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Discussion Starter · #1 ·
Hi

I read the recent thread on waterfall graphs (and using them to check that you have set filters accurately to deal with resonances) and thought I'd give it a try myself. The results were somewhat confusing so I thought I'd post them up to see what advice/comments people have.

The room is ~14' * 12' * 10', the frequency response is shown below. The blue line is the raw response and the red is the corrected response. The filters required are fairly straightforward and the REW suggestions work pretty well. The main issue is that peak at ~37Hz which REW suggested a -12dB cut @ 40-7 (IIRC) with bandwidth of 6/60.

frequency_response.jpg

The raw waterfall graph just confirms that there is a big hump at 37Hz

raw_waterfall.jpg

However when I generated the waterfall for the corrected response, 2 things stood out....

- the area from 31-45 is still ringing away for a substantial (albeit reduced) period of time
- there is a slightly odd looking ringing at 120Hz

corrected_waterfall.jpg

On the 1st issue I attempted various tweaks last night including minor bandwidth adjustments, moving the centre of the filter up and down a few steps and a short attempt at covering the hump with multiple filters. None of those attempts really reduced the decay and some of them increased it substantially (up to nearly 1s in one case) or introduced odd residual effects further down the frequency scale (a ringing from 600ms onto about 900ms down at about 20Hz). As a result I switched back to the suggested filter.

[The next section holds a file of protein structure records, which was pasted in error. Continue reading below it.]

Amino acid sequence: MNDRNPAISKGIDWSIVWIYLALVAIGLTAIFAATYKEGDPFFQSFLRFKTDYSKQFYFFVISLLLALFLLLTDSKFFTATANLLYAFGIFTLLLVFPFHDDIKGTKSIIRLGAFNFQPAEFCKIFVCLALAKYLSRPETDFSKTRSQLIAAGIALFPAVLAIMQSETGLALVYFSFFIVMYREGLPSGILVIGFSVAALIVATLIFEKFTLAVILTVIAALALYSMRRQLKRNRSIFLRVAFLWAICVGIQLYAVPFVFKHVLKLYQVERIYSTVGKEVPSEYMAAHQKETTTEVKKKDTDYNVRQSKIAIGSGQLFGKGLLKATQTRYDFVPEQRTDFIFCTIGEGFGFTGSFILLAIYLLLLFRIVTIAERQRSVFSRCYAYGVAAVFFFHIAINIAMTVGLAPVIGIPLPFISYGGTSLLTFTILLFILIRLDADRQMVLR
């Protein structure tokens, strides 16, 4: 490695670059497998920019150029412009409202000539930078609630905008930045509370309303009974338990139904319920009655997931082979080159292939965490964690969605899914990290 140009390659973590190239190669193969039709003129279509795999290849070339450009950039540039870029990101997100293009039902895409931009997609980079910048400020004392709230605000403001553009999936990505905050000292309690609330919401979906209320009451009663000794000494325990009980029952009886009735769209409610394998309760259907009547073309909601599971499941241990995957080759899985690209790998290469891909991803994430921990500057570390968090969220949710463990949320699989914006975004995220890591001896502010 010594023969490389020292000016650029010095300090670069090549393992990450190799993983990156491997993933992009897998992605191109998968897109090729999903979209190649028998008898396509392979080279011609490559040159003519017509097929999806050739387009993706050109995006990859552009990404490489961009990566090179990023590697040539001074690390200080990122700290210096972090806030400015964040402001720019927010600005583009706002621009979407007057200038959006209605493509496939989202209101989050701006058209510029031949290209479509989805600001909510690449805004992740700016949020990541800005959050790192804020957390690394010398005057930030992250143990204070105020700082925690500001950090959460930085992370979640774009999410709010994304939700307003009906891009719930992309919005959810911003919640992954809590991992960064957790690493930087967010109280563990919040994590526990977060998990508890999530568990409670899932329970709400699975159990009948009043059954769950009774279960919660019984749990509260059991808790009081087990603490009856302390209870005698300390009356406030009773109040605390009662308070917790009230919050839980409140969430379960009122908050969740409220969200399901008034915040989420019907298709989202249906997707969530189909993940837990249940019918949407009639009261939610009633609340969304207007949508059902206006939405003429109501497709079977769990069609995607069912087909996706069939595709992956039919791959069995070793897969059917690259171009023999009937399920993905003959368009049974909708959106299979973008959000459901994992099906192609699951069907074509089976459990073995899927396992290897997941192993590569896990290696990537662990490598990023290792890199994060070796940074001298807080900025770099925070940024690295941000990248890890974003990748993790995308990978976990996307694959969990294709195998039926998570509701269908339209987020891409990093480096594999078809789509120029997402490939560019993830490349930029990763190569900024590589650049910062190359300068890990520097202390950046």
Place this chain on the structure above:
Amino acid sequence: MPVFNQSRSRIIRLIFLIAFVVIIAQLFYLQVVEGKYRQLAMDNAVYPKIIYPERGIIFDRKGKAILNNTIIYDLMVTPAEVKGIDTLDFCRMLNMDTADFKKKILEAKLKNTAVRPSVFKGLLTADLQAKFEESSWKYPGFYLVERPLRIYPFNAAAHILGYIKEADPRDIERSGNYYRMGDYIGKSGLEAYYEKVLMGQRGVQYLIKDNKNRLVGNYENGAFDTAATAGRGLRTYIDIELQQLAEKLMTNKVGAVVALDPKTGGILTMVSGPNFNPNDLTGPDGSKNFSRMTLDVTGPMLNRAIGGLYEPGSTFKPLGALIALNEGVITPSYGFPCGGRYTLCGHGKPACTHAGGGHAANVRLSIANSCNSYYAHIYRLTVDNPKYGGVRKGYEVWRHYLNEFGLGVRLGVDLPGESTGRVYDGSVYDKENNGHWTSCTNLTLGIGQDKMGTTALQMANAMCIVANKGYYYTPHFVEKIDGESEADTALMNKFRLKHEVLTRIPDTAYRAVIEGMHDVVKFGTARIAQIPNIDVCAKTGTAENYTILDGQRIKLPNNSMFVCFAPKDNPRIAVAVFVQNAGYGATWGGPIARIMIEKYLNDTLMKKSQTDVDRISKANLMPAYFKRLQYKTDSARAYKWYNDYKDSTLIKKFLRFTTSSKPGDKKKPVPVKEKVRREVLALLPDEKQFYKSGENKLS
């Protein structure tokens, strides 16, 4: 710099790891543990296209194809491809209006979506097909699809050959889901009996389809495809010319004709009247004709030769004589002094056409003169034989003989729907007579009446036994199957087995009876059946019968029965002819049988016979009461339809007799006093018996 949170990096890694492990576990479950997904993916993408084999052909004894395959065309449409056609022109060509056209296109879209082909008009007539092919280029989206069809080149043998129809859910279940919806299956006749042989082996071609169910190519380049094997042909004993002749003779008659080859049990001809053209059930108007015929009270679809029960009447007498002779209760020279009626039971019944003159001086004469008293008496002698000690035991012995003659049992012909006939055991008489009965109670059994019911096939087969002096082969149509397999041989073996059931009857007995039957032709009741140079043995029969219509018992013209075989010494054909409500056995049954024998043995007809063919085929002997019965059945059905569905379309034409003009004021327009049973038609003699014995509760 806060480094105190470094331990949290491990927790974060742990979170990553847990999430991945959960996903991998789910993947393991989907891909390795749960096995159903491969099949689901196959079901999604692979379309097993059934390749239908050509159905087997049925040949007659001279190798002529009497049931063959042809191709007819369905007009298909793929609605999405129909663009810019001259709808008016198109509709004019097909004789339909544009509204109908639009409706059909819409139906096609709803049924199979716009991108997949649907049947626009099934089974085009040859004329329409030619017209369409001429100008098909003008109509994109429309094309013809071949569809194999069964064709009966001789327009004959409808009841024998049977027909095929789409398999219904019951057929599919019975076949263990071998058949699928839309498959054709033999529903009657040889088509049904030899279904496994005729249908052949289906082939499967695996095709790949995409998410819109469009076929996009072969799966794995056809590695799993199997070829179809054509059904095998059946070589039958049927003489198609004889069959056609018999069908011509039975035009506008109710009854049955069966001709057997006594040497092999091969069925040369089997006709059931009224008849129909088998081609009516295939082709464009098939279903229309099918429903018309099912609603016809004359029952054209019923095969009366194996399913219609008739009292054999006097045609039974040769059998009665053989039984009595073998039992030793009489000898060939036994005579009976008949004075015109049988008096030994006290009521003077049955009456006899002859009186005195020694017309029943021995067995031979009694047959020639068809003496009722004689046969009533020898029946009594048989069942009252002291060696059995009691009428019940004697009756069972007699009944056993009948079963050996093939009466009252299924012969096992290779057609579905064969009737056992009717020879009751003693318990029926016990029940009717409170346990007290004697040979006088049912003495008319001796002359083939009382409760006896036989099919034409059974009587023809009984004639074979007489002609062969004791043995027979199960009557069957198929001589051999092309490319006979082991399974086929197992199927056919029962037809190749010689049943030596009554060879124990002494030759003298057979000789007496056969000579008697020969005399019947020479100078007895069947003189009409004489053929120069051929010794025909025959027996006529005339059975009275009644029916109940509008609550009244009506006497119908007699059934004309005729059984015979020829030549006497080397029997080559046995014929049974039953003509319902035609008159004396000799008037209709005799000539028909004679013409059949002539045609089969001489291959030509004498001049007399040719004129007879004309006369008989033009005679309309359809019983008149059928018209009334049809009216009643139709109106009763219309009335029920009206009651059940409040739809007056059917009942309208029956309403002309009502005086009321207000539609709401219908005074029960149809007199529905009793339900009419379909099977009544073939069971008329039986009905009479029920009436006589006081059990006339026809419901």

Am I right in thinking that that hump is actually 2 seperate resonances that need to be dealt? 1 at ~33Hz and 1 at ~38Hz and hence I need 2 narrower filters in place of 1 big cut? Scrolling through the slices seems to say that to me, for example this slice = 13 graph.

corrected_waterfall_slice_13.jpg

The 2nd issue (120Hz ringing) I have no idea about :huh:

Note that I haven't done any extended listening with these filters, I was doing it as an almost academic exercise to see if I can objectively tame the decay time first and only then live with it for a while.

All thoughts/comments welcome.

Thanks
Matt
 

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Good job Matt. Yeah, I've played with this myself and have come to the conclusion that at a strong resonant frequency, it's hard to stop that energy from hanging around.

WayneP did some tests recently and had me thinking about this. Certainly, when you lower the SPL level of the resonant frequency, you will get much reduced decay and the waterfall definitely looks better. JohnM's claim (author of REW) was that if the filter perfectly matched a resonance, that the decay waterfall would be perfect. And I guess in theory it should be so, keeping in mind that the filter is only really completely valid at the spot where the response was measured. The effect of the resonance in the room can be looked at as a filter, such that if you can exactly match the filter in gain and bandwidth, it should totally remove its effect at the point of measure.